Contributor

Mark Richardson, CR, is an author, columnist, and business growth strategist. He authored the best-selling book, How Fit Is Your Business? as well as his latest book, Fit to Grow. He can be reached at mrichardson@mgrichardson.com or 301.275.0208.

Remodeling Business Misconceptions

Nine incorrect principles often held by less successful company owners

September 19, 2017

As I look at some of the most successful people in the remodeling industry today, as well as some of the least, I see many factors that separate these extremes. One thing I’ve noticed is that the least successful often have more misconceptions about the remodeling business. They have passion and conviction for ideas that are just not correct. The following are some of the misconceptions I see embraced by less successful remodelers. As you reflect on these, try to see what your beliefs are and how you might measure up.

1. Bigger is better.

A bigger company is not necessarily more profitable, better with clients, or able to retain employees. There are many remodeling companies that are half the size of others in their community, yet are making twice as much money with less stress. I believe in growth, but you need to define healthy growth for your business, not just getting bigger.

2. More leads is good.

Having the right number of leads from the right type of clients is good. Too many leads can be a curse that corrupts your process and your brand.

3. 25 to 35 percent growth is good.

Growth is important, but growing too fast can be a formula for disaster. There are very few businesses that can handle 25 percent growth. The ability to change the infrastructure is difficult for most company owners. In normalized times (which we are in) I believe 10 to 20 percent growth is aggressive but realistic.

4. Low gross profit is production’s fault.

If you have a strong production team with effective processes, I find that 80 percent of the time slippage in GP is a product of how the project was sold (sorry, sales folks). Was it sold to the right client? Was the right expectation set up front?

5. Bigger remodelers are your biggest competitors.

Even the largest remod-eler only has a small fraction of market share (less than 1 percent in most markets). You don’t need to look at them as a threat. You biggest competition is the client; their fears, miscon-ceptions, and lack of knowledge. If you sharpen your skills as a therapist, marriage counselor, and financial adviser, you will win more jobs.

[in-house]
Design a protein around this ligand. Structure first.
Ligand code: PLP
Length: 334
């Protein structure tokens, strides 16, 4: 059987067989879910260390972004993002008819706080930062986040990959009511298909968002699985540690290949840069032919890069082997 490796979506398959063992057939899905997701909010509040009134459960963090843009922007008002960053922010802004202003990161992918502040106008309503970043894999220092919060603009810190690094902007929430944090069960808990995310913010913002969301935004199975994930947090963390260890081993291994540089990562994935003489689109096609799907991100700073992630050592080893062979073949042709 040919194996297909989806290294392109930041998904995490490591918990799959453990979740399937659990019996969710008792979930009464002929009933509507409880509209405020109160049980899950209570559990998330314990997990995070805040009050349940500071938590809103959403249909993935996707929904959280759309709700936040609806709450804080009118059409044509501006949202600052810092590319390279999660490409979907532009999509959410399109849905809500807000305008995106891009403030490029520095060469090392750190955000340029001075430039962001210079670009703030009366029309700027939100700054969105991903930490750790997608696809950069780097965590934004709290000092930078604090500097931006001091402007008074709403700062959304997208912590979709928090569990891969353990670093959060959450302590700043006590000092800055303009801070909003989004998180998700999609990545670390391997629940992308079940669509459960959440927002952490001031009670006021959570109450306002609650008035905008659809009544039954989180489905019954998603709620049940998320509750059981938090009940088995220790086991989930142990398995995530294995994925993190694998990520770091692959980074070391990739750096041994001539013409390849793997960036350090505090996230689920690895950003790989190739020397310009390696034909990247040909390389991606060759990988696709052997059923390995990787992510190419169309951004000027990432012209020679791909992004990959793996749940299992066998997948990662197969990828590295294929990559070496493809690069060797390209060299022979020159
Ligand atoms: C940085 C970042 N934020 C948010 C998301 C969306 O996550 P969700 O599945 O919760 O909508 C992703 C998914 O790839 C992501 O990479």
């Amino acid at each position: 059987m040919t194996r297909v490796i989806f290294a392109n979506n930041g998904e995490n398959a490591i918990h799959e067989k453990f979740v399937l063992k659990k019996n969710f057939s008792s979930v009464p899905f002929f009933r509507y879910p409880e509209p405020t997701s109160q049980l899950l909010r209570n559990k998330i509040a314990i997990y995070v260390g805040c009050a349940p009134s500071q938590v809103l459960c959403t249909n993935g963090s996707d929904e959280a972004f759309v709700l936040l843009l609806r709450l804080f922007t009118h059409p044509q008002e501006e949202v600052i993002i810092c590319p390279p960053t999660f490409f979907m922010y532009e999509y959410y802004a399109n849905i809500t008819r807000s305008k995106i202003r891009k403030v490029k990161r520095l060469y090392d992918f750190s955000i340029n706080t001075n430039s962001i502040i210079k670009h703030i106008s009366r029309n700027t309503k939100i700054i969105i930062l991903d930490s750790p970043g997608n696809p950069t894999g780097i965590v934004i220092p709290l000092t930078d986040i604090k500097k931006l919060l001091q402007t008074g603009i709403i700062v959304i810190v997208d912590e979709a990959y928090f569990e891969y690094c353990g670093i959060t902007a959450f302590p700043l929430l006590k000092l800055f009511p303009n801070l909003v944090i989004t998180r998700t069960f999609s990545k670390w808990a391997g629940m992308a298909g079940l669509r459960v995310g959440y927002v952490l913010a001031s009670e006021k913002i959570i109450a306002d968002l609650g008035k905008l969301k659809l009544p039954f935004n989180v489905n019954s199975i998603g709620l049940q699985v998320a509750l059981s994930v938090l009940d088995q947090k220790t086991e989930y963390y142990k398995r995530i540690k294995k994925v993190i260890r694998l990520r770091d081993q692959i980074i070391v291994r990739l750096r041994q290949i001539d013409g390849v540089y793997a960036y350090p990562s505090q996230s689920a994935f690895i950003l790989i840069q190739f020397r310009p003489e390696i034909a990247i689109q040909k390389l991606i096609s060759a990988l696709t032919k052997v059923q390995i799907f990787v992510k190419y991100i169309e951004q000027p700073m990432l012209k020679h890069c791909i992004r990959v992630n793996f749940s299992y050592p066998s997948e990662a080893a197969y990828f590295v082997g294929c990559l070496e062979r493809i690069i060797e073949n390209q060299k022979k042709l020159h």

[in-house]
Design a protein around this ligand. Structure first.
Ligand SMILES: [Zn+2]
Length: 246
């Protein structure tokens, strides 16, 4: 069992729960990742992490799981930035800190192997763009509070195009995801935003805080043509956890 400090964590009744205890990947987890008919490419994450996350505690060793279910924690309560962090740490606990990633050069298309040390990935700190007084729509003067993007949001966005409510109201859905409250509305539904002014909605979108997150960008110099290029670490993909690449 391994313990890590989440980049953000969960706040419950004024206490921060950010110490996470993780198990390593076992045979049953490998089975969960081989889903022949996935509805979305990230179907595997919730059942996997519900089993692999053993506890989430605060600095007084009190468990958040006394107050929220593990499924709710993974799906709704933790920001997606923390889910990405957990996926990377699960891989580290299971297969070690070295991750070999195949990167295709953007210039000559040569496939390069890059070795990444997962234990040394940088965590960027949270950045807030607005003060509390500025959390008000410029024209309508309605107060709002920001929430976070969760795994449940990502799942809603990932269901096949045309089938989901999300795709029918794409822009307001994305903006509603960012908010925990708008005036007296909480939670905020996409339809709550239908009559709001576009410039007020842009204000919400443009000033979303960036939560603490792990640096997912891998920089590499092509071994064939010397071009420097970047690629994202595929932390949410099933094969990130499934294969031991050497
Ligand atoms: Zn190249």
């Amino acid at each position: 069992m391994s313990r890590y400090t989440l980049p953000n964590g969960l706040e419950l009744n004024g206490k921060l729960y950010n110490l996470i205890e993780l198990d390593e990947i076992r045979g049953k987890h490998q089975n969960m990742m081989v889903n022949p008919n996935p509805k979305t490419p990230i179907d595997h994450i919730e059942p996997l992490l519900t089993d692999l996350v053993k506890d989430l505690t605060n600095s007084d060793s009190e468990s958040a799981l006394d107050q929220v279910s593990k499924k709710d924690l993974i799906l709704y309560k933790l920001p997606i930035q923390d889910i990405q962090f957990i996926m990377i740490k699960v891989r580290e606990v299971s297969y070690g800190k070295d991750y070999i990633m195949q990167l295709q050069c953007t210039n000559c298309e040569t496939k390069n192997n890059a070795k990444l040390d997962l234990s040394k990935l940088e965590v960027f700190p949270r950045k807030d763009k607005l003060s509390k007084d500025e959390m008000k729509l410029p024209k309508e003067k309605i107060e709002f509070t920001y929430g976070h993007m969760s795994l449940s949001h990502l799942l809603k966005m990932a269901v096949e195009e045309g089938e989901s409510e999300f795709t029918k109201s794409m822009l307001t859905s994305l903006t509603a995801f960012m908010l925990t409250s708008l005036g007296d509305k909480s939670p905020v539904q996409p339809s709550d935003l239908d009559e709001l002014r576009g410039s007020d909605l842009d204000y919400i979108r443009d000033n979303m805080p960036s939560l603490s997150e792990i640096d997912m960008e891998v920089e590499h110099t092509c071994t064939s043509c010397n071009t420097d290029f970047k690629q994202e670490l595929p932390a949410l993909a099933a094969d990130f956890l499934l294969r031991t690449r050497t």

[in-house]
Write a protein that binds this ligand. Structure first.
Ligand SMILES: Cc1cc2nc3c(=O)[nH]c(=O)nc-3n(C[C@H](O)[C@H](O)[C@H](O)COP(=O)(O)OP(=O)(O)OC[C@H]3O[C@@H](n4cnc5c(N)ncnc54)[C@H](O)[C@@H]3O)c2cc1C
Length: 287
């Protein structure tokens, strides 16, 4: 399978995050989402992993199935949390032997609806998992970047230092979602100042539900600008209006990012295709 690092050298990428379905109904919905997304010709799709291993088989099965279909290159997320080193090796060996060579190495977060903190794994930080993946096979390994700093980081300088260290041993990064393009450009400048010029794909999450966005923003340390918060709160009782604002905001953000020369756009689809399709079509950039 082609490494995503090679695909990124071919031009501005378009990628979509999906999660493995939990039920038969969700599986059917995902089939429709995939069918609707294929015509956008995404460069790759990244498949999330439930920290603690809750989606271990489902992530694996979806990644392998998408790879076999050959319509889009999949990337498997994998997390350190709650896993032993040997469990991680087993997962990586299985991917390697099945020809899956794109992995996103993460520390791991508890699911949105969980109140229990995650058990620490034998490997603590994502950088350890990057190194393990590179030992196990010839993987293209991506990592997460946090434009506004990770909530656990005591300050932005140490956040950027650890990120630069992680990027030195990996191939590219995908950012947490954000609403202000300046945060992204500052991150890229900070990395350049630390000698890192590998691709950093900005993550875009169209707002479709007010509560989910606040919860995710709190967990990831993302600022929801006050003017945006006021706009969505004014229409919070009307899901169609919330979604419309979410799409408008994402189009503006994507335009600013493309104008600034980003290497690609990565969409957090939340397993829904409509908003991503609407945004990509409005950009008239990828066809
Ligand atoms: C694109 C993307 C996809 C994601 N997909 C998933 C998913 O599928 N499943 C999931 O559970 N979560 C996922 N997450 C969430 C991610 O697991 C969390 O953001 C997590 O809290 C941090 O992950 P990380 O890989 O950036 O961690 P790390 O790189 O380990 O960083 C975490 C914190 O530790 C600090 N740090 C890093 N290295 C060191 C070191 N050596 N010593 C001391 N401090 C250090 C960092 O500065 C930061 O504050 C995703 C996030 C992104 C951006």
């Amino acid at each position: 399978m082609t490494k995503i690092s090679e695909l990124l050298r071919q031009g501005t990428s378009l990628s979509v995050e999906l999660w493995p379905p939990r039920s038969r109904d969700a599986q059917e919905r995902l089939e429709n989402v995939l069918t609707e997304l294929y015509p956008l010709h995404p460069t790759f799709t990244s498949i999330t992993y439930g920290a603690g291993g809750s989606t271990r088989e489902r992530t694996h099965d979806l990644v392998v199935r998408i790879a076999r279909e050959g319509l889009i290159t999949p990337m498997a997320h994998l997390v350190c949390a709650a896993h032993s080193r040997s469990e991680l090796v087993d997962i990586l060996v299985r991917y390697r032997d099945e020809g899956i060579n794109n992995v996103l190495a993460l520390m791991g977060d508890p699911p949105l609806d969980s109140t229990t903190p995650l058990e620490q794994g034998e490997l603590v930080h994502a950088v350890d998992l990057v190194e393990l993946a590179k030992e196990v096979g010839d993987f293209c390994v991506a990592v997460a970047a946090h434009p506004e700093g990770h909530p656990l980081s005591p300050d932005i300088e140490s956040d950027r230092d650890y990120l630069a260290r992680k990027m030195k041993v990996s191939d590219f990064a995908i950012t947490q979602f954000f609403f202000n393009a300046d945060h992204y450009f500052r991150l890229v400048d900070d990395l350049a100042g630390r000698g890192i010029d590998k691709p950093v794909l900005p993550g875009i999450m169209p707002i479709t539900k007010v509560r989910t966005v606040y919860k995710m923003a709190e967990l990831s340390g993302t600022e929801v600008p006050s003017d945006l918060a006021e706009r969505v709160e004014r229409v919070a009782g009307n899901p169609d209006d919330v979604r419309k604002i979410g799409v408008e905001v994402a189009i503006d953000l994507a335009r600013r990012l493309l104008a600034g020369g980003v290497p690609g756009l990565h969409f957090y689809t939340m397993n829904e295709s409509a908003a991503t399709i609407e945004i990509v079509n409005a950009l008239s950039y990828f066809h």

6. Profit is an indication of a healthy business.

Profit is just one of 10 criteria of a healthy business. There are many other factors including the team, the processes, the product, and understanding the numbers. 

7. Having a big backlog is good.

For most remodeling businesses, the right backlog may be two to four months. Imagine if you are Andersen Windows and you can’t make another window because of a six-month backlog? That would be a disaster. Excessive backlog creates more client issues (changes, miscommunication, etc.) and affects your marketing efforts and close rates. 

8. Every client can make you money. 

I heard a speaker about 20 years ago who said that 18 percent of homeowners will not allow you to make a profit. It’s true. You need to do business with the right clients and work on the right types of projects. 

9. If you are successful, you don’t need to change.

If a business isn’t changing, it will become irrelevant. This is especially true today, with the changes in demographics, technology, and overall market delivery. Change is not an option; it needs to be understood and regularly discussed. The speed at which things are changing is especially concerning, and you need to adjust quickly.

This list of misconceptions is by no means compre-hensive, but it’s food for thought. If you can hold the right principles, you’ll be more likely to see sustainable success.

Comments

Business may be good now, and your doing very well in your particular market area. But yes there will be another down turn in our economy. Nurture your past customers, call them, have coffee every once in a while, keep them in your loop of advertising, show them the types of jobs you are doing! All these folks will always have some small to midsize projects to do during any economy!

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